Long accustomed to driving trends in U.S. society, the boomers may have met their match with the millennials–a generation (loosely defined as being between 18-33 or so, with some overlap with Gen-Xers, who are now in their mid-late 30s) that is changing attitudes about driving and car ownership. These changes have not received significant national attention as yet, but they have major implications for U.S. energy needs in the coming years.
As the boomers age and naturally drive less, the millennials are entering the stage when driving, measured by vehicle miles traveled, generally reaches its peak—but the historical patterns that have held true for the past 40 years aren’t being repeated today. In an analysis presented at the Energy Information Administration’s summer energy conference, Nancy McGuckin, a travel behavior analyst, showed that the number of miles traveled annually by drivers in the five age cohorts from 16-39 had declined by between 11 and 20 percent from 1995-2009. Because of that, VMT per licensed driver, which had risen steadily for decades prior to the 2000s, peaked in 2006-2007 and has been dropping since—falling from a high of 12,900 miles to about 12,500 in 2012 (figures are from EIA’s 2014 Annual Energy Outlook).
And there is no indication that the trend is going reverse itself anytime soon. Speaking at the same conference, Don Pickrell, an official with the Transportation Department’s Volpe Center, presented this fascinating graphic. Clearly, we are in uncharted waters—five years out from the end of the latest recession and per capita VMT is still well below pre-recession levels, with no indication it is going to start rising any time soon. In contrast, the five other recessions studied show strong recoveries—with VMT not only returning to their pre-recession levels, but rising well above by this point in the recovery.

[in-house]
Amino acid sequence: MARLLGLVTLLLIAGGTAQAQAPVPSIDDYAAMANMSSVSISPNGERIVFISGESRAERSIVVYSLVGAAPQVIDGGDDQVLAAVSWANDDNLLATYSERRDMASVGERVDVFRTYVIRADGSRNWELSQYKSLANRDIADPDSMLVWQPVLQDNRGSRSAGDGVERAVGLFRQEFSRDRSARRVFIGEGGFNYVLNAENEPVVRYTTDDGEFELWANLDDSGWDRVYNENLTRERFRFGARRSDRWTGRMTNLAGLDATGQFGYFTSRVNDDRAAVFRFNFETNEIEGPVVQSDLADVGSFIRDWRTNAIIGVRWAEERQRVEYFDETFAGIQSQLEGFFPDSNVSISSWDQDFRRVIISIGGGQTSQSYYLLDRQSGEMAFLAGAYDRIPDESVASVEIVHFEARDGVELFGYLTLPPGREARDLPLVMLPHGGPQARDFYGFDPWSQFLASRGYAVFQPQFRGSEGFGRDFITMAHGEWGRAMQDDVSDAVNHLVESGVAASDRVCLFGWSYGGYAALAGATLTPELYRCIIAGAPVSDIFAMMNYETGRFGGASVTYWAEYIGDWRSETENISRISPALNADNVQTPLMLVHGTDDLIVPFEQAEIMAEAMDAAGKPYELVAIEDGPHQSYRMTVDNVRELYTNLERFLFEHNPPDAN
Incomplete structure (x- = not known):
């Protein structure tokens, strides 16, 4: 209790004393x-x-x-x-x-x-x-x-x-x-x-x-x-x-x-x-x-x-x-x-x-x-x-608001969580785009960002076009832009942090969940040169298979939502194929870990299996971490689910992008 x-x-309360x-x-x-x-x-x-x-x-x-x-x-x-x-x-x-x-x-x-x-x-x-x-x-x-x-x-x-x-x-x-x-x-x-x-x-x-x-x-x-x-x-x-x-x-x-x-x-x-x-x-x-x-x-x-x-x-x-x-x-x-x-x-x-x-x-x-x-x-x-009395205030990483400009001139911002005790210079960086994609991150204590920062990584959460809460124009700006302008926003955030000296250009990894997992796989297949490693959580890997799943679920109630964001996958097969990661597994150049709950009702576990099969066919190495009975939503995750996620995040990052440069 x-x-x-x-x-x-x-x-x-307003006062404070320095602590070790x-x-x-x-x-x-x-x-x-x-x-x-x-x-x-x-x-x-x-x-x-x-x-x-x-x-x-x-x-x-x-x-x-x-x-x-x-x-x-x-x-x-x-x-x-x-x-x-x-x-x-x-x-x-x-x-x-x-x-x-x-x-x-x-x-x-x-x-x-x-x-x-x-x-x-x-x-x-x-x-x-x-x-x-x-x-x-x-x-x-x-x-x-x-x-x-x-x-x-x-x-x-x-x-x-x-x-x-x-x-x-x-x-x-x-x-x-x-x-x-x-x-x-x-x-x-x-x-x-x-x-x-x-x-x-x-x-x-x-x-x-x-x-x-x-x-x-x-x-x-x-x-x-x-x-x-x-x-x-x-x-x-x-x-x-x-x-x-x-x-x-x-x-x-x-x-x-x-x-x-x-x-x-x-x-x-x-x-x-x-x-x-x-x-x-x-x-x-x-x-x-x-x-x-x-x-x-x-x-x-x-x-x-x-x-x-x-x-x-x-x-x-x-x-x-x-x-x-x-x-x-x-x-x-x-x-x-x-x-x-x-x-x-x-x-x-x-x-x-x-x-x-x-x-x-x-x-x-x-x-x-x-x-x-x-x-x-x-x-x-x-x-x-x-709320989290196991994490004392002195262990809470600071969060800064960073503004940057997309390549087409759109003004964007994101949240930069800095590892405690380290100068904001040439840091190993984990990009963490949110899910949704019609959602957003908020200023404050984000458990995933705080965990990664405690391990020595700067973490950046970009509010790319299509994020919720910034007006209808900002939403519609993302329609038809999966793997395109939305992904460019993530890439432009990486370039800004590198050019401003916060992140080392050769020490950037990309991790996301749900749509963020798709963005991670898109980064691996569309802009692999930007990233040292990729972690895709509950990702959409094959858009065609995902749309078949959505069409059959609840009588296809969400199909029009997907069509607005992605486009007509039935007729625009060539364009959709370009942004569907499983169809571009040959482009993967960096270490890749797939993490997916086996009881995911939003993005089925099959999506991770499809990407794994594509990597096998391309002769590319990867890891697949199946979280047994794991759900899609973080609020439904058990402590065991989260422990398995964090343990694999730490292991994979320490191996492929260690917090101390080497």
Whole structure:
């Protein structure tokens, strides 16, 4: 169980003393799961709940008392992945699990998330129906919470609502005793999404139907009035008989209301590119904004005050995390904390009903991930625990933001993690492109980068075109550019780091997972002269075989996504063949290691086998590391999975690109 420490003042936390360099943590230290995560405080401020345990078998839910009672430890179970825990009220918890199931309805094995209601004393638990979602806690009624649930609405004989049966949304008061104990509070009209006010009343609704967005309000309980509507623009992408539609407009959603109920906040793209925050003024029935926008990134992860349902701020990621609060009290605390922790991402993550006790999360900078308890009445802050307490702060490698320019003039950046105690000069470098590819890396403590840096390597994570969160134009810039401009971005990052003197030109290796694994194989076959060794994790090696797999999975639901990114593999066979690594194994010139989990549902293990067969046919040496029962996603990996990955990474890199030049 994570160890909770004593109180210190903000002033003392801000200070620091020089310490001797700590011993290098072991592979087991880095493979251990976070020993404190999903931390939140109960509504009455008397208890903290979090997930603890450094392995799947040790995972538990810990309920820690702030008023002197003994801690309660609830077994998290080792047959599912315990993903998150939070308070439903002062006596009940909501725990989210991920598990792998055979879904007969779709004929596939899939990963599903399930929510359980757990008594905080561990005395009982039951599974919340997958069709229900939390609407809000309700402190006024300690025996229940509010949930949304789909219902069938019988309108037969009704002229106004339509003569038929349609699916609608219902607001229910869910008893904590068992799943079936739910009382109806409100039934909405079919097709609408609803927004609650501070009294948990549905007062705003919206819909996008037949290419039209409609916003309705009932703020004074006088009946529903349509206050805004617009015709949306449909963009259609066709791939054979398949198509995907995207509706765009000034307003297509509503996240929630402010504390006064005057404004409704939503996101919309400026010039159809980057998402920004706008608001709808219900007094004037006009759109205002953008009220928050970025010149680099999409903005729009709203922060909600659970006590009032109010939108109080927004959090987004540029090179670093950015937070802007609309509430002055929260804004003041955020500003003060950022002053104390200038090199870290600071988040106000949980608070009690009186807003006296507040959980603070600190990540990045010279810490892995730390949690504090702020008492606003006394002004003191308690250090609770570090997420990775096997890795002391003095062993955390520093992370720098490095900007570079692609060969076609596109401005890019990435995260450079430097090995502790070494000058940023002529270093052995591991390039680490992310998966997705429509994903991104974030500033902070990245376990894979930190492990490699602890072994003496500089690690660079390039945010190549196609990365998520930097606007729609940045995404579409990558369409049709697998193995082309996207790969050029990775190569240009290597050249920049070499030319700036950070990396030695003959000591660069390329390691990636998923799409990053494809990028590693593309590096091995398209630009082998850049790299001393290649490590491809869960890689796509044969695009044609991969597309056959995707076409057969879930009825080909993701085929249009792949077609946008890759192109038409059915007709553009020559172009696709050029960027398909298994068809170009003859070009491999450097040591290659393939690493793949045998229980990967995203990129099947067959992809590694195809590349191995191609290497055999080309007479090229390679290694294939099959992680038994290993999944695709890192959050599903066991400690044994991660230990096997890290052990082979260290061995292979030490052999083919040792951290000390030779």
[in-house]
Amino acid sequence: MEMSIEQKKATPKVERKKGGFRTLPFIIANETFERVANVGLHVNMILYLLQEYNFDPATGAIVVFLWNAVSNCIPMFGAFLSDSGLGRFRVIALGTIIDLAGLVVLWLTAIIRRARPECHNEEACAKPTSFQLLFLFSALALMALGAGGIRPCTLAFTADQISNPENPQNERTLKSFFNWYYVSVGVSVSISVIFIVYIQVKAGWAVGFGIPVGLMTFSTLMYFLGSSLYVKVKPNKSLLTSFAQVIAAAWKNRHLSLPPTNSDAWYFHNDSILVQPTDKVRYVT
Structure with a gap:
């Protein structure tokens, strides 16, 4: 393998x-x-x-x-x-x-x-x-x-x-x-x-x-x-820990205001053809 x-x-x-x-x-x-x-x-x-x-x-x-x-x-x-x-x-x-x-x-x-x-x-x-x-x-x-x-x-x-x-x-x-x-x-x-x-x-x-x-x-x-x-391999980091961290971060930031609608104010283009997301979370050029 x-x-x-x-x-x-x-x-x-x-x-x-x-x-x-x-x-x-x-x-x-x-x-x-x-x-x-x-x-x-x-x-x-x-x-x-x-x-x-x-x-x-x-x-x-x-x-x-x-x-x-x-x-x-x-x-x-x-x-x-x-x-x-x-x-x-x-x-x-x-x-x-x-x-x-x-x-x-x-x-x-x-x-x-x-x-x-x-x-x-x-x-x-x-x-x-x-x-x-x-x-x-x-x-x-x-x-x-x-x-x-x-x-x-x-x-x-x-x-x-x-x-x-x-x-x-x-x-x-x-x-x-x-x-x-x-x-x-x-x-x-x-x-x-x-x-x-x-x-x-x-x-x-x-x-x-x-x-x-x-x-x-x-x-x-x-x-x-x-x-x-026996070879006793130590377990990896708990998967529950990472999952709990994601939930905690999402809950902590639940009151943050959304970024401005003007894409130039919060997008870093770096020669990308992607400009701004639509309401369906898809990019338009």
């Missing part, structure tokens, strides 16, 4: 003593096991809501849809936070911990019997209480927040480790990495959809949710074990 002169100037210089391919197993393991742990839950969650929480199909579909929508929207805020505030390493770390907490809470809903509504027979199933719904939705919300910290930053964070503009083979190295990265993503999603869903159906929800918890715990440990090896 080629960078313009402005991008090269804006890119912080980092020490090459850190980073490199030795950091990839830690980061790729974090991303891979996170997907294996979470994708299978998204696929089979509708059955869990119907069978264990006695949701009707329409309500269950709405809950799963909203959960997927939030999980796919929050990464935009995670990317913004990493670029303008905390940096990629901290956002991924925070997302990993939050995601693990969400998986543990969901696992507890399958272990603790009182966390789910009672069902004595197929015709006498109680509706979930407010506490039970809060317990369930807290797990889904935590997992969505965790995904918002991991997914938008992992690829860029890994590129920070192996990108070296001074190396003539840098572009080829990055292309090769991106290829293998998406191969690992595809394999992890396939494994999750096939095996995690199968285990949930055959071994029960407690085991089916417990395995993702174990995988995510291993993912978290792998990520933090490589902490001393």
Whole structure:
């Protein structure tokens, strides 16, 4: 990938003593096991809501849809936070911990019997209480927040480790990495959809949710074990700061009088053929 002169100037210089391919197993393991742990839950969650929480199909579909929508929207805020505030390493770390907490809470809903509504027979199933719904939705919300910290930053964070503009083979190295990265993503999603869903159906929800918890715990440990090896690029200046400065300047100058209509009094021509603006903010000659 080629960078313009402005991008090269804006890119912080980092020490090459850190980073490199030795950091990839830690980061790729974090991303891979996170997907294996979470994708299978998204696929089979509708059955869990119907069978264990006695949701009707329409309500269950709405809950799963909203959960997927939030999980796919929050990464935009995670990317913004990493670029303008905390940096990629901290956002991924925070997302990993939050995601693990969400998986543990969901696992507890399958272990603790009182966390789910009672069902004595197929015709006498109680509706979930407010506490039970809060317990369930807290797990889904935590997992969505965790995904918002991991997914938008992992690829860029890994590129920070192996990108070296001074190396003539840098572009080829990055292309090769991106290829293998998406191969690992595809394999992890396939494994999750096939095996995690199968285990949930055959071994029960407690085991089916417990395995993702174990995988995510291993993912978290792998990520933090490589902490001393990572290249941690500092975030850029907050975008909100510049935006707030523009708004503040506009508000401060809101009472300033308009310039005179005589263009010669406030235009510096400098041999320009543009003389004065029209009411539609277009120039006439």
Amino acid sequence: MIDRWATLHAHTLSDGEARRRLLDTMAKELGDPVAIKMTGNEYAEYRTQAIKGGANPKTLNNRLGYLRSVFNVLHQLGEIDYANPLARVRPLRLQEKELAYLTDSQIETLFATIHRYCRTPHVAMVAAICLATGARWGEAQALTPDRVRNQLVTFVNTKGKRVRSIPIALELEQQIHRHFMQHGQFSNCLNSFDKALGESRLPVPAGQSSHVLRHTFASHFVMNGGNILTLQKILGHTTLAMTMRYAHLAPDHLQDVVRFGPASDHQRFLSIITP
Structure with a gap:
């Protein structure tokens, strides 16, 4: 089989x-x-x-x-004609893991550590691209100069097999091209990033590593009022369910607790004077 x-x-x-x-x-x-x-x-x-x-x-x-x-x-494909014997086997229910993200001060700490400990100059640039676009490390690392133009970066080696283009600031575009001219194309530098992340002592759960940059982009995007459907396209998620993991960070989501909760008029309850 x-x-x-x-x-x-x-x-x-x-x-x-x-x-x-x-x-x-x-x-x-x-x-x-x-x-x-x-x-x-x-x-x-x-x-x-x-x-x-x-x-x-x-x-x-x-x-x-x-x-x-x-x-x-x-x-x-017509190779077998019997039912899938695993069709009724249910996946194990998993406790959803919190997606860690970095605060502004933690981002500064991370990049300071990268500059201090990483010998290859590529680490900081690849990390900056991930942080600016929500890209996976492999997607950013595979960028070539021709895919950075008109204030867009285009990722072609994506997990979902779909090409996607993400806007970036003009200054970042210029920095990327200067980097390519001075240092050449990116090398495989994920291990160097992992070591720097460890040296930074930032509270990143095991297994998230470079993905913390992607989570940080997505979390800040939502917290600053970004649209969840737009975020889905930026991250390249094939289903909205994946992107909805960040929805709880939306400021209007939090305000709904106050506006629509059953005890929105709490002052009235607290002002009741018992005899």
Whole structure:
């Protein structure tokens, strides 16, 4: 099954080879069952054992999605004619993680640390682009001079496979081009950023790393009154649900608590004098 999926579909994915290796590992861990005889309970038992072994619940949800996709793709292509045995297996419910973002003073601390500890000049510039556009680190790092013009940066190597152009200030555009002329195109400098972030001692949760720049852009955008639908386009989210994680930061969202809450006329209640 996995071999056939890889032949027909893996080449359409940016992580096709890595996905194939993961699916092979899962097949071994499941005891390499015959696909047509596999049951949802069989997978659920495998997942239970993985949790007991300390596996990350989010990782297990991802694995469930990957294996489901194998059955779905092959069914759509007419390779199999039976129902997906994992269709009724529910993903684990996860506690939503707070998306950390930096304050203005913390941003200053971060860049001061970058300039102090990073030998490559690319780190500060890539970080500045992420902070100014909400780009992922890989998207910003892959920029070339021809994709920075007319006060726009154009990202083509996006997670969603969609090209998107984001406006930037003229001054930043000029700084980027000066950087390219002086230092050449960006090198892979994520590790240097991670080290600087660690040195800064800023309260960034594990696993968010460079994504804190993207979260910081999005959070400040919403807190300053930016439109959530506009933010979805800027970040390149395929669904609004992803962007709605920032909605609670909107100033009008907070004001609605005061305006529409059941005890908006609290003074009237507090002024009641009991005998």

The reasons are not yet definitive, but McGuckin, Pickrell and Trisha Hutchins, an analyst with EIA’s Office of Energy Consumption and Efficiency Analysis, all point to societal changes being driven by the millennials as a major factor in the current shift.
Economic factors clearly are playing a role, the three said, pointing out that many millennials are saddled with students loans and have been hit particularly hard by the recession. At the same time, costs associated with owning and operating an automobile have gone up significantly in the past 10-20 years as the chart at left indicates—a bad combination at best for those trying to establish themselves.
But more than that, it appears that millennials don’t share the love affair with the “open road’’ that so many boomers grew up with—perhaps because the open road is really congested today. The number of highway/freeway miles in the U.S. has climbed from about 500,000 in 1975 to roughly 750,000 currently. This 50 percent increase, while significant, pales in comparison to the 85 percent increase in the number of registered vehicles during the same time period. With more than 250 million vehicles plying the nation’s highways today, the open road is anything but.